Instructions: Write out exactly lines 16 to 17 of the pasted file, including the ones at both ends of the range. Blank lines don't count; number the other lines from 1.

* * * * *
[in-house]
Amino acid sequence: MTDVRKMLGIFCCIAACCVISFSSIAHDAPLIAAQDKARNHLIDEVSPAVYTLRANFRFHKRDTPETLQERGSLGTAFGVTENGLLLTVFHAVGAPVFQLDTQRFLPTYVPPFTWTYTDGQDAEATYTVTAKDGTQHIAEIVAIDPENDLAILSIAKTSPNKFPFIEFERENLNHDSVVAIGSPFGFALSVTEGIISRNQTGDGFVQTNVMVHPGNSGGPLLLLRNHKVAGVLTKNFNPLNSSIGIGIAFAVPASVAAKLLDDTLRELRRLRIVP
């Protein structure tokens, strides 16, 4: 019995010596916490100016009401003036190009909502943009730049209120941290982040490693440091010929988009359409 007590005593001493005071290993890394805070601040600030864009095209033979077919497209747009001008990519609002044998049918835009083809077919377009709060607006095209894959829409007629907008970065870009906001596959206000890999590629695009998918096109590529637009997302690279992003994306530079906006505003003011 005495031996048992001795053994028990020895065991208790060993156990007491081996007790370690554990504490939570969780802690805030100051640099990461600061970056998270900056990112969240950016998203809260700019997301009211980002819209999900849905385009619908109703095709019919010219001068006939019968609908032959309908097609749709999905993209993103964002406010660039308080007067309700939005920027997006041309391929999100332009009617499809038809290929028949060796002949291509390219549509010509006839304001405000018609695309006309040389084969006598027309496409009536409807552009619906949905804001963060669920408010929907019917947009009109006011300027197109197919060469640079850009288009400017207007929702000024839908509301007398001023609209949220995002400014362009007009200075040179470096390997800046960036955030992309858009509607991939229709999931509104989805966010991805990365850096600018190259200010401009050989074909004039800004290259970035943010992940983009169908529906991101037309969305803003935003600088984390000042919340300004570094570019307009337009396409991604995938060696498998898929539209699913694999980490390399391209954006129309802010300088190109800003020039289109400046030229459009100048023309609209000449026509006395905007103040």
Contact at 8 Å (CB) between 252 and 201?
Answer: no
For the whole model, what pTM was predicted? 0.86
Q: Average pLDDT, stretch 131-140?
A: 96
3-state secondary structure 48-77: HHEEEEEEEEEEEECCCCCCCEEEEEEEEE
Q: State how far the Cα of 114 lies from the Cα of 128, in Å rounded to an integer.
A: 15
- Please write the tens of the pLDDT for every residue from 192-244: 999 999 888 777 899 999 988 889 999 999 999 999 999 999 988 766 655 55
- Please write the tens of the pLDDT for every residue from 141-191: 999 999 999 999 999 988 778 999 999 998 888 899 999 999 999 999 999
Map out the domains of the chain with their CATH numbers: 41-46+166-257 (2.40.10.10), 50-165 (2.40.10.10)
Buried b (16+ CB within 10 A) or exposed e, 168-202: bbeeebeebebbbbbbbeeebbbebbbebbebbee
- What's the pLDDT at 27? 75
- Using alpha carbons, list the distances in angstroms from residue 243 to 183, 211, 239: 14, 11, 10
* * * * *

- What's the pLDDT at 27? 75
- Using alpha carbons, list the distances in angstroms from residue 243 to 183, 211, 239: 14, 11, 10